Yet the strength of this politics lay precisely in its grassroots base, rather than within the Parliamentary Party. The Corbyn ‘Insurgency’ may have found itself with an enviable established base, a ready-made Parliamentary Party of more than 230 Labour MPs, but only a small fraction of these enthusiastically embraced this new radicalism. Nothing better illustrates this division between the PLP and the more radical, membership-endorsed leadership than the June 18th, 2016 vote over the renewal of Britain’s nuclear submarine programme. The Labour Leader felt compelled to give his MPS a free vote on this issue, and 140 Labour MPs subsequently voted with the Government on Trident’s renewal.

The constant sniping and opposition against Corbyn culminated in the events of just over a week later, the so called “Chicken Coup”, in which 21 members of the Shadow Cabinet resigned following the sacking of shadow Foreign Secretary Hillary Benn for plotting against the Labour Leadership. This number did not include the elected Deputy Leader, Tom Watson, who publicly called for Corbyn’s resignation, or the two representatives of the House of Lords, who, being elected by Labour Peers, could not resign, but refused to attend Shadow Cabinet meetings while Corbyn remained leader. Thus out of a Shadow Cabinet of 31, 25 members of the Official Opposition were publicly opposed to the Leader of the Opposition. This was followed by a Parliamentary Party vote of No Confidence, which Corbyn lost by a margin of 172-40. A vote that was, of course, invalidated by a membership who endorsed the embattled leader by a clear majority of nearly 62%.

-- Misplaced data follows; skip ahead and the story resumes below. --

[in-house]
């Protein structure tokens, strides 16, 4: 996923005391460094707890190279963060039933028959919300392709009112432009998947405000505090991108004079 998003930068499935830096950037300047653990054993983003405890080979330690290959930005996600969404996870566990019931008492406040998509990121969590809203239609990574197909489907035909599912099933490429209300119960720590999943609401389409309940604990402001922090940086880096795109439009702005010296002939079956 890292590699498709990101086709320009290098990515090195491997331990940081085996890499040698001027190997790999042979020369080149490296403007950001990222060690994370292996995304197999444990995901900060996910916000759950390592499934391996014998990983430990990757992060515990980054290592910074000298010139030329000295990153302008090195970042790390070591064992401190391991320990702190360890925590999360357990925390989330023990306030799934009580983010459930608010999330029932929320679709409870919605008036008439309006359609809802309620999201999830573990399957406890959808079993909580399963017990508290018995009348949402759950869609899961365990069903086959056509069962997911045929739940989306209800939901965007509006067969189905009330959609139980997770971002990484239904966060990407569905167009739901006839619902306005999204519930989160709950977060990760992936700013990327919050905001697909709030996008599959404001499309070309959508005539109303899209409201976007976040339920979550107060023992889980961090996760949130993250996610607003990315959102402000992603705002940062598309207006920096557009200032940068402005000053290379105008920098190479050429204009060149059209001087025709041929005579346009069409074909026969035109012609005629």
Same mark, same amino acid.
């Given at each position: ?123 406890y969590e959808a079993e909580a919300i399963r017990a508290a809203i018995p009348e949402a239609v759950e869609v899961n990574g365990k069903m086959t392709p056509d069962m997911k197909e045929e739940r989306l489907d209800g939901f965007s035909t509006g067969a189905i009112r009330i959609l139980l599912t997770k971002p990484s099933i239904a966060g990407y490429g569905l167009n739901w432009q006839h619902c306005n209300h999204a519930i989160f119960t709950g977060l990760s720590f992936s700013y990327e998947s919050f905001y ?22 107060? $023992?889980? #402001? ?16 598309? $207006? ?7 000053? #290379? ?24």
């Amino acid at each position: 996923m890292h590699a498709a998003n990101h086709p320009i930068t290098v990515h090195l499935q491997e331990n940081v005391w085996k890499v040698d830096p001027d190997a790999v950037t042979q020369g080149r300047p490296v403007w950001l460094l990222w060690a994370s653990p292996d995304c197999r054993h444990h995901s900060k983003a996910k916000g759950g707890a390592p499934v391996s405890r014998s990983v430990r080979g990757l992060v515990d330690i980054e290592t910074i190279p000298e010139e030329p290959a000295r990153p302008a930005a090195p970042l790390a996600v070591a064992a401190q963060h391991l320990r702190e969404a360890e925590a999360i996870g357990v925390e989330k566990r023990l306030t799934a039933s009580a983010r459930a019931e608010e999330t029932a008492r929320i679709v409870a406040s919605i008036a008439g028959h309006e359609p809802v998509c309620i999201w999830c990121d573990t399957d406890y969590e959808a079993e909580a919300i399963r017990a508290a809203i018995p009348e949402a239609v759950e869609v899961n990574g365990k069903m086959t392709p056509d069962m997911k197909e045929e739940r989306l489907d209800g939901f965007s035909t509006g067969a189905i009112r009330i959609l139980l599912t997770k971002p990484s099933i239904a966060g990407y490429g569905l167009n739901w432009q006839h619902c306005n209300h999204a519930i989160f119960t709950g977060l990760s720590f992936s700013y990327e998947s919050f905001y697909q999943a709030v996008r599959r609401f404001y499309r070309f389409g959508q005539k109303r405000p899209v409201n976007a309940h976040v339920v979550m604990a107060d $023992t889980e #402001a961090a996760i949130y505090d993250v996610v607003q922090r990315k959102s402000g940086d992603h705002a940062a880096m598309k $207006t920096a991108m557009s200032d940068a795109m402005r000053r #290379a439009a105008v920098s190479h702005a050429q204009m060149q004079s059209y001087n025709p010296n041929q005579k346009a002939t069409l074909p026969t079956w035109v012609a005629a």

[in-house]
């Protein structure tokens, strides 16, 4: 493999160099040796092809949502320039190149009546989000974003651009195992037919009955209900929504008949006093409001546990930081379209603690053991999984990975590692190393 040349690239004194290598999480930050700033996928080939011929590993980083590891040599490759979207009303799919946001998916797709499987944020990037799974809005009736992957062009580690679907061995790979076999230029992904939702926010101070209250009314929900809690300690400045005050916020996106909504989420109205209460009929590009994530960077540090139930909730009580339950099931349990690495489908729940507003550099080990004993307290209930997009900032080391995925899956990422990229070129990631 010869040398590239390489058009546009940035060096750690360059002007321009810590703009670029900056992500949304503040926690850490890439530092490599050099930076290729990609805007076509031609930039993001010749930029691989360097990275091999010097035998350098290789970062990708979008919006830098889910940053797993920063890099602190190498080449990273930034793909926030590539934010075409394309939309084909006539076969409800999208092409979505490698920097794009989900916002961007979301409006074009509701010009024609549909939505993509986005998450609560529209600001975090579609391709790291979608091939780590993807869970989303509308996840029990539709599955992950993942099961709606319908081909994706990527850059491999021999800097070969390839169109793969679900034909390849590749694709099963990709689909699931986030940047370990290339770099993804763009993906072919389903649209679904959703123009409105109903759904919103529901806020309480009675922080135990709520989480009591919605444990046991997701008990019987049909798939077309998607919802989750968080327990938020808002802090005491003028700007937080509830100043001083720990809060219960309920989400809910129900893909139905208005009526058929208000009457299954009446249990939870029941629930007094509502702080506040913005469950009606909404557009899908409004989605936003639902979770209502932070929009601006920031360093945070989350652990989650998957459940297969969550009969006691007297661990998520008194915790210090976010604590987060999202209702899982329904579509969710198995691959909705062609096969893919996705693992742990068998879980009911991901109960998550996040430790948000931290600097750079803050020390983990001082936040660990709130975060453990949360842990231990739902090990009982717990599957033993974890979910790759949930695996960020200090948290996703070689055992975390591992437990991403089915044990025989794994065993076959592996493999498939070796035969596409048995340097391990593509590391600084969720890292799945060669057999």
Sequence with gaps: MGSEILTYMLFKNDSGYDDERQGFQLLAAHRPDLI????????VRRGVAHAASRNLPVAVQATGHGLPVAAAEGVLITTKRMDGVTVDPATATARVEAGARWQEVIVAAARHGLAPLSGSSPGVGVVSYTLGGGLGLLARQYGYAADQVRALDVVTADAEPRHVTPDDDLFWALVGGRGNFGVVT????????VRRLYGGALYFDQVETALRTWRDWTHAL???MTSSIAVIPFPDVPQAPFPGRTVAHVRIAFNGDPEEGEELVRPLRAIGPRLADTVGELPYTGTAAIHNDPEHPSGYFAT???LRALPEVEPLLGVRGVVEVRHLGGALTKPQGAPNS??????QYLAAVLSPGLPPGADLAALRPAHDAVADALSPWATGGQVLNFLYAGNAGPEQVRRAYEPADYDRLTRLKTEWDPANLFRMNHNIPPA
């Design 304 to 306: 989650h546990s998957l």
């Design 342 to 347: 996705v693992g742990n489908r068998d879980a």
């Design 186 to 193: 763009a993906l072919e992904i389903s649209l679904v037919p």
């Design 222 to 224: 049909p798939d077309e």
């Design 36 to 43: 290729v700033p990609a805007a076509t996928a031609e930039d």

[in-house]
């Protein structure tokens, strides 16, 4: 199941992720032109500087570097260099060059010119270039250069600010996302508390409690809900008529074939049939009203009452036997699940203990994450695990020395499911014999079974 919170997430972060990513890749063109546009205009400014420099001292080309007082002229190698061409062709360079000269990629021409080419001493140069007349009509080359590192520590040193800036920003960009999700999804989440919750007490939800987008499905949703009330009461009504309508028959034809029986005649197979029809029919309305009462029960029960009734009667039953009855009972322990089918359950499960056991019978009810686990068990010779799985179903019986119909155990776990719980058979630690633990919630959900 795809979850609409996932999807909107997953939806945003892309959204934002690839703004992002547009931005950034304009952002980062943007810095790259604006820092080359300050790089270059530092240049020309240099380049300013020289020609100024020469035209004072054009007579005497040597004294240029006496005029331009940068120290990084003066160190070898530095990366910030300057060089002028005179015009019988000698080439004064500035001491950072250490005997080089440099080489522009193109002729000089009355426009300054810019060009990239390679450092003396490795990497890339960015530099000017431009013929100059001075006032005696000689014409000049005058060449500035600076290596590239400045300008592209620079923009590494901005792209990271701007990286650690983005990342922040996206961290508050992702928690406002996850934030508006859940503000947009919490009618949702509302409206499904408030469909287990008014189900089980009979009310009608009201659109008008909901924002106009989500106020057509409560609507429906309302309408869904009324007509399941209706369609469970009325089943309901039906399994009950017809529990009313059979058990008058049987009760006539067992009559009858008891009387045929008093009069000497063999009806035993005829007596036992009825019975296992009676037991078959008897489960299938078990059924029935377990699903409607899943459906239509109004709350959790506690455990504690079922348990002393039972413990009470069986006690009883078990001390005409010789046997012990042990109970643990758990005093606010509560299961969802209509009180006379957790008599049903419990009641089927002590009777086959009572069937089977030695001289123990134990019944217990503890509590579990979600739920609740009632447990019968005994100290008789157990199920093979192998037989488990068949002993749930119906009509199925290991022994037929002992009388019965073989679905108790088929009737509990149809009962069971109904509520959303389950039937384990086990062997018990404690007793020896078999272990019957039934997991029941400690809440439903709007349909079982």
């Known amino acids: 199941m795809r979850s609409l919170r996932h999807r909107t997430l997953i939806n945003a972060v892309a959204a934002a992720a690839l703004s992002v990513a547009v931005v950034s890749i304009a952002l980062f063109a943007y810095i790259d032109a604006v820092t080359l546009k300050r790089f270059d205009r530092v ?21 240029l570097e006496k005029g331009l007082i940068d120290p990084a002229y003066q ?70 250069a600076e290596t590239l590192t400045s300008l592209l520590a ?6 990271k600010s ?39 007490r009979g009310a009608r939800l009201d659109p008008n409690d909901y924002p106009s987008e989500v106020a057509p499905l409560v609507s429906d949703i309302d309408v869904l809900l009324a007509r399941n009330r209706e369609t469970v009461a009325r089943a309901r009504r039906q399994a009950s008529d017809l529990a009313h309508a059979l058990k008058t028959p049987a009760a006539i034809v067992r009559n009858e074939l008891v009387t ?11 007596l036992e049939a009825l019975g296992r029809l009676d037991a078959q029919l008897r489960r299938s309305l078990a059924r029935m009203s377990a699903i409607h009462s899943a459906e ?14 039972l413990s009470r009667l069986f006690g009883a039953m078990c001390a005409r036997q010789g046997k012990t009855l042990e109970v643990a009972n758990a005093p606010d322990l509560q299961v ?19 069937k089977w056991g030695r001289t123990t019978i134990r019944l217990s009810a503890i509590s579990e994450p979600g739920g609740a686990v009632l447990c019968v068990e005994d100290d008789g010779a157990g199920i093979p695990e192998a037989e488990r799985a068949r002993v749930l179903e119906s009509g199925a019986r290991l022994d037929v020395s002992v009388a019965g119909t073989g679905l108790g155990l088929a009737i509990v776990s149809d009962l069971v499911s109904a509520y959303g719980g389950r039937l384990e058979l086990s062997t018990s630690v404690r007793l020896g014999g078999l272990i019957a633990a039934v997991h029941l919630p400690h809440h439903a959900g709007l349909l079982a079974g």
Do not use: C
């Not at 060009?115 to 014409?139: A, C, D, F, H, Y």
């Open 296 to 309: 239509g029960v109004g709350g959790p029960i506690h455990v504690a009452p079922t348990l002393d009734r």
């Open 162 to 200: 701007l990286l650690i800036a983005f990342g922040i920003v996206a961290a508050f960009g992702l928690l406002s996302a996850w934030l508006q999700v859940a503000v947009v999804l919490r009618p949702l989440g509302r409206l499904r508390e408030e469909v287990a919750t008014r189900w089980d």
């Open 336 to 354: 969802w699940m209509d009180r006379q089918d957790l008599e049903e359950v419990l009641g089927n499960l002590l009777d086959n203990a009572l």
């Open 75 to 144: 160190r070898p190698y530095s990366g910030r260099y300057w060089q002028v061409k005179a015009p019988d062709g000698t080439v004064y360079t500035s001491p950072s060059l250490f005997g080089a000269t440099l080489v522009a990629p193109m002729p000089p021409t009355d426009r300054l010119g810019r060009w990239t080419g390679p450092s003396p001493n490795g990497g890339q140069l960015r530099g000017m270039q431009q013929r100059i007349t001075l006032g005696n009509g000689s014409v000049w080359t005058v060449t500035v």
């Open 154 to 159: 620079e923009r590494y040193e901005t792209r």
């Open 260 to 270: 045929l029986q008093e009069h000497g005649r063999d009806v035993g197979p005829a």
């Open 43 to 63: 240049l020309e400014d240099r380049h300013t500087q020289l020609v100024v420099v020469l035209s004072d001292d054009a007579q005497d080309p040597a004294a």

This did not put a stop to internal dissension within Labour. Indeed, watching  the footage of Election night 2017 as results began to come in, results that were considerably more favourable to Labour than the polls had predicted, it was difficult not to notice the sense of astonished disappointment from within the ranks of the Parliamentary Party. Then there was the chorus of condemnation of the Leadership’s handling of anti-Semitism allegations, or the defection of 12 Labour MPs in 2019, 8 of which joined the new, but short-lived centrist vehicle, Change UK.